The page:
Throwing money at public education isn’t the same as cherishing it. It looks like it’s up to House Speaker Robert DeLeo and state Representative Alice Peisch, the House chair of the Legislature’s Education Committee, to stand up for that important principle as Beacon Hill grinds away at key education-funding legislation.
The House, Senate, and Governor Charlie Baker are all on board with boosting funding for public education, with most of the new money flowing to districts with high numbers of students from low-income families. The exact number officials have in mind varies by as much as $1 billion, but they all acknowledge the reality that the current formula underfunds districts in Gateway Cities with high immigrant and low-income populations.
A 2015 review of the state’s education funding system by the Foundation Budget Review Commission laid bare the reasons why the current formula doesn’t provide nearly enough for those districts. For instance, students from disadvantaged backgrounds are more likely to arrive at school with social and emotional-health needs, and challenging home lives. The state does already provide a higher reimbursement for students from low-income backgrounds, but the commission found it wasn’t enough to cover the cost of the integrated approach — social workers, guidance counselors, and other staff — required.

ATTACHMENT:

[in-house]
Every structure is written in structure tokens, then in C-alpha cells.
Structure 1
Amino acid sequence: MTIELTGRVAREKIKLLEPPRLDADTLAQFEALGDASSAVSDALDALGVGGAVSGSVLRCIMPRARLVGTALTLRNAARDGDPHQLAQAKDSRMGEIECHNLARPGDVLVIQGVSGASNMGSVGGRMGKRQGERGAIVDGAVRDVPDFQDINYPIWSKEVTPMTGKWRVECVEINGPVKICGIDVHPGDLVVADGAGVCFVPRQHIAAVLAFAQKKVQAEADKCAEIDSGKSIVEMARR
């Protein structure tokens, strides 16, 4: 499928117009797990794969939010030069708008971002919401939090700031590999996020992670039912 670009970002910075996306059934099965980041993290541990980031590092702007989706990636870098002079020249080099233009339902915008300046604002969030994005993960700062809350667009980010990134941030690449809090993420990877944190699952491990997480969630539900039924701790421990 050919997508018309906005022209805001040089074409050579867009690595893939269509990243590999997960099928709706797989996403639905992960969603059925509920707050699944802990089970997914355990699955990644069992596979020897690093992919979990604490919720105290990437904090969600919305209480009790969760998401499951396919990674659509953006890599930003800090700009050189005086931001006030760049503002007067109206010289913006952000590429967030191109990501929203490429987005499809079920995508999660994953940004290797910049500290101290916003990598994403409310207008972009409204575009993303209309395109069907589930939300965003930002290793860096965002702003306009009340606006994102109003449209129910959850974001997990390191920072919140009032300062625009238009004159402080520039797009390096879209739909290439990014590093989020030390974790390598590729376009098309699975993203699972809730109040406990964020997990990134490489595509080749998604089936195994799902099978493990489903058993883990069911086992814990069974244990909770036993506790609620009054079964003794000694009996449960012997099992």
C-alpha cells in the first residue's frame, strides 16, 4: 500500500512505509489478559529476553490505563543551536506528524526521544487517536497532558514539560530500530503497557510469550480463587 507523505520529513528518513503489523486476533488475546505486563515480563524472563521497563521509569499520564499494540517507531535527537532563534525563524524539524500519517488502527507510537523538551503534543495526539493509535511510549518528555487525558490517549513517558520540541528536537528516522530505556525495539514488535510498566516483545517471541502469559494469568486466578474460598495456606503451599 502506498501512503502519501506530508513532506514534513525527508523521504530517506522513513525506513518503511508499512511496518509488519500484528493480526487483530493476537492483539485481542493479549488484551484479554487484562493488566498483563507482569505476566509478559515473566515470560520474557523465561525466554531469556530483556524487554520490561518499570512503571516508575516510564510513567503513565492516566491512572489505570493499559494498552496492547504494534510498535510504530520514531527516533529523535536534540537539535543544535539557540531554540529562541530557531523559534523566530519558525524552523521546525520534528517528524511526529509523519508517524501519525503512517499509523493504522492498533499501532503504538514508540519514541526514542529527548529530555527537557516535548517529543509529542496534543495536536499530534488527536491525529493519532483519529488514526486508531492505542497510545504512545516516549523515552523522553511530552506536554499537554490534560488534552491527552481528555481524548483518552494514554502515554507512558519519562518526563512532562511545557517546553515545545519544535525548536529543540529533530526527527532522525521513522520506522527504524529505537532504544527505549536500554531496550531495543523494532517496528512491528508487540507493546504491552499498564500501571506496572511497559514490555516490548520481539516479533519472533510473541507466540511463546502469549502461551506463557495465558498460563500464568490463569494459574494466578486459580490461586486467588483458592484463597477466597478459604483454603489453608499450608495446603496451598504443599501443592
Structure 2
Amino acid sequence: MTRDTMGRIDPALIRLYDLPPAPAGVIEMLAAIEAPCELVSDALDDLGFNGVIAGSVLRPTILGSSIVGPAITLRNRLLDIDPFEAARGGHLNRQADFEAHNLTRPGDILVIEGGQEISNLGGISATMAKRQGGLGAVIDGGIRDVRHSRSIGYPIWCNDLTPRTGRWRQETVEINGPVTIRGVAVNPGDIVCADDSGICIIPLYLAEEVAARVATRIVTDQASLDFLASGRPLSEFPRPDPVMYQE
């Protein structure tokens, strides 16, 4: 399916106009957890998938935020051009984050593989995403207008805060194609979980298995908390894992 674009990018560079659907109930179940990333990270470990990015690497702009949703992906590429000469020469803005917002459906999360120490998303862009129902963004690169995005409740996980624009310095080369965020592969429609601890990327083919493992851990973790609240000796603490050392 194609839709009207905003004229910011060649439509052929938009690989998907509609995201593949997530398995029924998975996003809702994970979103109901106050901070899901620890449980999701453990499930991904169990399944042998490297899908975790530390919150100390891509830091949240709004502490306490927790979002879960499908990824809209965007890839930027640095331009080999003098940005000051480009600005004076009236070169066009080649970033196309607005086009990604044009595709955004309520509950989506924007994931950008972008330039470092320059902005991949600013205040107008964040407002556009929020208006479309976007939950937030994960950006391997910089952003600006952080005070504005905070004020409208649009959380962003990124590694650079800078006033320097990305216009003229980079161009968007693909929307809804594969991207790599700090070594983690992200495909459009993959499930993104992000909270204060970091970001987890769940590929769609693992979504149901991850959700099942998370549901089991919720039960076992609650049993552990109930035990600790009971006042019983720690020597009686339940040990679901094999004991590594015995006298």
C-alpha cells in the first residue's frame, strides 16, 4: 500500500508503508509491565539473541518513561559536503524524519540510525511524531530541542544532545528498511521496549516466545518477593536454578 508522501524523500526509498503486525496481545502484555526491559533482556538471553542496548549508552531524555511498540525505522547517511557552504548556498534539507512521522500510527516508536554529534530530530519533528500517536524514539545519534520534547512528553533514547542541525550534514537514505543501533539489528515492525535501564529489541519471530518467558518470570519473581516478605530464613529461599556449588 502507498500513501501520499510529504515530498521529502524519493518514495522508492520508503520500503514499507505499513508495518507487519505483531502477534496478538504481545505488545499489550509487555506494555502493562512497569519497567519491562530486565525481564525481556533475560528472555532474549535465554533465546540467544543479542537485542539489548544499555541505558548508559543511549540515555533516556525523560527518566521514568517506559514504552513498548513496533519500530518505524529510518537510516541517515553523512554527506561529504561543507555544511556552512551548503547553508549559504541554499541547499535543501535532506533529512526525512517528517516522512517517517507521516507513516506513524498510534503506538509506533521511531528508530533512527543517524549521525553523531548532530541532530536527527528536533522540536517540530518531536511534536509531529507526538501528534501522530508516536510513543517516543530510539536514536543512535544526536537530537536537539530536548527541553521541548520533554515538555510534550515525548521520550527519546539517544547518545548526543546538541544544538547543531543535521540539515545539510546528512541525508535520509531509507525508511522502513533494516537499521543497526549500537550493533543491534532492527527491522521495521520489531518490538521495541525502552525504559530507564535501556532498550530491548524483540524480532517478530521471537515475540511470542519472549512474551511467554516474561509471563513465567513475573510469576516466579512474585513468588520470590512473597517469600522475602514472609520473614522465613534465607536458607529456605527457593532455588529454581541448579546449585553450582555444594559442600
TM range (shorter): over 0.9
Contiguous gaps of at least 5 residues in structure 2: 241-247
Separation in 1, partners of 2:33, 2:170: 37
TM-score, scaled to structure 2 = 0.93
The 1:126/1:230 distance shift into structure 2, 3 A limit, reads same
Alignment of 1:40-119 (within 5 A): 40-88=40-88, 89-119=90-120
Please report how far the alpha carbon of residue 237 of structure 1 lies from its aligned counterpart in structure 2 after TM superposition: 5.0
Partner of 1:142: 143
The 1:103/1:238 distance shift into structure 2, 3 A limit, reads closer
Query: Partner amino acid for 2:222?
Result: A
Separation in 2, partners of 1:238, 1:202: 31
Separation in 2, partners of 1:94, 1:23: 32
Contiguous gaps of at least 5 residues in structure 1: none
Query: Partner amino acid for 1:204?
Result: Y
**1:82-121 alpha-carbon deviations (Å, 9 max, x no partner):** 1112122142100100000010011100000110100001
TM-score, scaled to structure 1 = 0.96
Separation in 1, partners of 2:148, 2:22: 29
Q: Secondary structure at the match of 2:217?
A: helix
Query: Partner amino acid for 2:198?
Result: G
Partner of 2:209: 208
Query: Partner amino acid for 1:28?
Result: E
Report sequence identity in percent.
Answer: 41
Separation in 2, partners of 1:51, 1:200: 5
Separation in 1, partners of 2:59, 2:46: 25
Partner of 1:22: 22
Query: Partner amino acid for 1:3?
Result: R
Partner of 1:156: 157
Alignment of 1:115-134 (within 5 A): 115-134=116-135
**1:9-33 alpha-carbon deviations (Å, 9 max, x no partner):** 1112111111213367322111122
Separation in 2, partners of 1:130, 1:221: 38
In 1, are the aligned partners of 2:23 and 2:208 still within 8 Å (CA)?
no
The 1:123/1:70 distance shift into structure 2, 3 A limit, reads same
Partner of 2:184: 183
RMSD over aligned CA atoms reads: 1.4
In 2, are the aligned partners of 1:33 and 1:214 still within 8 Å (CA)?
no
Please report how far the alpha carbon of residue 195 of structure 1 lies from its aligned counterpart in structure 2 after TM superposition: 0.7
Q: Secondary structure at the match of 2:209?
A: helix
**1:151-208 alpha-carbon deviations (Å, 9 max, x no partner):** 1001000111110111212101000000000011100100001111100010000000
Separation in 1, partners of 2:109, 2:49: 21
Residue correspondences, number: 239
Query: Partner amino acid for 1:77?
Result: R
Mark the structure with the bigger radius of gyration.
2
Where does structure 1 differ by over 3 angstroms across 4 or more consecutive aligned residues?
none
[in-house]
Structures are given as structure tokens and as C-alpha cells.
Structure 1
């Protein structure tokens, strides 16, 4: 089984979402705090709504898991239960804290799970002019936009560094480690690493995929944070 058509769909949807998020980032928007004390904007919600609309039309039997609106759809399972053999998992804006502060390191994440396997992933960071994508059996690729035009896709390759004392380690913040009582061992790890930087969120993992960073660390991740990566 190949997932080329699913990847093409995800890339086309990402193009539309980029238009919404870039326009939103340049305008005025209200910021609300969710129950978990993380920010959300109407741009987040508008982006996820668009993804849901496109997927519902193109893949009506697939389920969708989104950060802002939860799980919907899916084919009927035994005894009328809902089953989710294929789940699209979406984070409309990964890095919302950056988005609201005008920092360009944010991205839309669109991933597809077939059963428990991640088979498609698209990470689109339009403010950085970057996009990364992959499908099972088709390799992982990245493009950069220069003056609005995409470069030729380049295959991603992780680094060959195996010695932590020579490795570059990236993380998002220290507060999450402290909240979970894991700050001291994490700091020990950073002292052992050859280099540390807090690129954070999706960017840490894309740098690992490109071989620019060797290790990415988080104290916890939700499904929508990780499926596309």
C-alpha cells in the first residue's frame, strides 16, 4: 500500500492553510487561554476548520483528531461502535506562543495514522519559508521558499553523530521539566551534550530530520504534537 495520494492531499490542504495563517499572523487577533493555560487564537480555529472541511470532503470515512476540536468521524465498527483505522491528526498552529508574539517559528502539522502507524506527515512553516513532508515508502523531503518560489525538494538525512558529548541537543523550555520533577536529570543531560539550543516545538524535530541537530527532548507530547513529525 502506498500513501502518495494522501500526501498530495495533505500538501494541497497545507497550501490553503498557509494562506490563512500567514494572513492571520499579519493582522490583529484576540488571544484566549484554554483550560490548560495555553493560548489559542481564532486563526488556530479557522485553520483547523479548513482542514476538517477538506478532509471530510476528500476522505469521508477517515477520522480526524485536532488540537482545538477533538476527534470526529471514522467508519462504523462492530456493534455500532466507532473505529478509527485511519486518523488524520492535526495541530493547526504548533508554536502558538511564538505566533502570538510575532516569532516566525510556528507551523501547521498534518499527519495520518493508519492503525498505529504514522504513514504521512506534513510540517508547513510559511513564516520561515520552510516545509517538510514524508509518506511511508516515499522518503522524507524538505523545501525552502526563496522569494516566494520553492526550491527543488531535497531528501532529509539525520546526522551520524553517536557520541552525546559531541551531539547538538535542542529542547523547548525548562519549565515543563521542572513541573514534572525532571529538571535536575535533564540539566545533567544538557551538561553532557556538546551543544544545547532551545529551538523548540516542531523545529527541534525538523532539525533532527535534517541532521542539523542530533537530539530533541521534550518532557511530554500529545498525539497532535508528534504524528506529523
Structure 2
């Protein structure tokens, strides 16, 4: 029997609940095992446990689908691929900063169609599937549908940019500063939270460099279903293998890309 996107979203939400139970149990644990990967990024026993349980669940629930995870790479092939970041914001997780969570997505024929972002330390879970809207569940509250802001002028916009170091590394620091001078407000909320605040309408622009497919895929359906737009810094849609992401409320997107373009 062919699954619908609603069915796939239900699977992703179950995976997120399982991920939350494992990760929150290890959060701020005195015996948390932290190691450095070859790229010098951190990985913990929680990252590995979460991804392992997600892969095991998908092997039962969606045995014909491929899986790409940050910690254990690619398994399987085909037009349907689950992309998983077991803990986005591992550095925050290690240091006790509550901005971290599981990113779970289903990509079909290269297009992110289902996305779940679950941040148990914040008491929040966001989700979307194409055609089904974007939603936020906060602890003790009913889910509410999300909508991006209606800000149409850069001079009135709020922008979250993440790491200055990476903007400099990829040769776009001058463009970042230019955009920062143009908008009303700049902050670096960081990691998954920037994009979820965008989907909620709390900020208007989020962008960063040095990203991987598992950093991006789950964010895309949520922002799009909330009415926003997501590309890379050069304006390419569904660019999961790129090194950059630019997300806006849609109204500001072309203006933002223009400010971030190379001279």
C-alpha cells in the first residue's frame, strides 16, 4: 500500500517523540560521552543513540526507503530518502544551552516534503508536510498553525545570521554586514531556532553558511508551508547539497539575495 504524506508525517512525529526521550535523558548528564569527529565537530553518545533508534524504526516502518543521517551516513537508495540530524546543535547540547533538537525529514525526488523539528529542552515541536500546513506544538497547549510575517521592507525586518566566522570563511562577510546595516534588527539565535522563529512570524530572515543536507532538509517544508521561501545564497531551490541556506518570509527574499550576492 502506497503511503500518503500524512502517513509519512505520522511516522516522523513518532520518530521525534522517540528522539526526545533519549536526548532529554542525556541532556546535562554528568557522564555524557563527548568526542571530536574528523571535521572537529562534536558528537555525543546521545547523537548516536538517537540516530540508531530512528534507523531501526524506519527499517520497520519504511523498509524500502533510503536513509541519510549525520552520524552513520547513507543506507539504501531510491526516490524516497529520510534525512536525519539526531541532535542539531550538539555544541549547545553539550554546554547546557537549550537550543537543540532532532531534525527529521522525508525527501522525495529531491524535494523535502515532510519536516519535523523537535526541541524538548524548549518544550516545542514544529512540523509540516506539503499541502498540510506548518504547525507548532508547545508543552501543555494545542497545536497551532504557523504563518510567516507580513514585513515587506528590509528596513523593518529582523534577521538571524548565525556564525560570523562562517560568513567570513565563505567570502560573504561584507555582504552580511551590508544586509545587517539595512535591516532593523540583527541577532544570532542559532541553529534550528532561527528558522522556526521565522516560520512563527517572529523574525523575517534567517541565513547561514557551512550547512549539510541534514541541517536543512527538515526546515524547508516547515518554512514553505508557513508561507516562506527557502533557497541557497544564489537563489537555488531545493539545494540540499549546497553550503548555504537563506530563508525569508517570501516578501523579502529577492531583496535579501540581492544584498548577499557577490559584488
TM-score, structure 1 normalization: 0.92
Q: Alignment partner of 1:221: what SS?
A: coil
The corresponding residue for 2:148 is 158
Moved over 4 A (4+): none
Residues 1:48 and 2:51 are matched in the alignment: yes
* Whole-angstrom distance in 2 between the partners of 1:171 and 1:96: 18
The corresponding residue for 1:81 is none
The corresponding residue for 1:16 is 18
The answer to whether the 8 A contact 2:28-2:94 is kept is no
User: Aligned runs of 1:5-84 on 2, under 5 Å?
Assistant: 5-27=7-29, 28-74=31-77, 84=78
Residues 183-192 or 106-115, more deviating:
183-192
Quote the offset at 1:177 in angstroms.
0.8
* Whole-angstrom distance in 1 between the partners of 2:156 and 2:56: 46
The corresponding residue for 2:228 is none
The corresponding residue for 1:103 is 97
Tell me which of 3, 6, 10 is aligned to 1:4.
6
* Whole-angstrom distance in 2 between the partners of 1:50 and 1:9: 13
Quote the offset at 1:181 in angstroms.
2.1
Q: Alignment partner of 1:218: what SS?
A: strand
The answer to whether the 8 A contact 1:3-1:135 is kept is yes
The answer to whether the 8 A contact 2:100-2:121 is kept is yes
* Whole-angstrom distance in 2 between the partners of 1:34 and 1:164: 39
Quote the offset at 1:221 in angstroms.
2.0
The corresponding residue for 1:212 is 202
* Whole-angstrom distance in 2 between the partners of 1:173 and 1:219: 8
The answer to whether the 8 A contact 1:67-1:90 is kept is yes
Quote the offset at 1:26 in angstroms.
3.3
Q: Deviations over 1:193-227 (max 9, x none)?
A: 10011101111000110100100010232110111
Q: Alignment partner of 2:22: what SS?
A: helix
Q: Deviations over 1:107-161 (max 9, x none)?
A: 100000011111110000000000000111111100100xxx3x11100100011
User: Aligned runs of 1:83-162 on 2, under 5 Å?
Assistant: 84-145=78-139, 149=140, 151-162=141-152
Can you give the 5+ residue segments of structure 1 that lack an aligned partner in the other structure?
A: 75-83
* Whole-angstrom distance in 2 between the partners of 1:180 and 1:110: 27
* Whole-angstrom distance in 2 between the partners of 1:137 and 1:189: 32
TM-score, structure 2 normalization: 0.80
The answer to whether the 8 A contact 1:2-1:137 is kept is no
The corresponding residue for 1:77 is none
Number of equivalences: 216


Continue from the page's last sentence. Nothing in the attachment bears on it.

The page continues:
Providing more funding for students from low-income families would be an acknowledgment that trauma, hunger, homelessness, family instability, and other challenges that they’re more likely to experience aren’t just woes for agencies like the Department of Children and Families and MassHealth (Medicaid) — they are academic problems, too, and they can hold kids back from reaching their potential.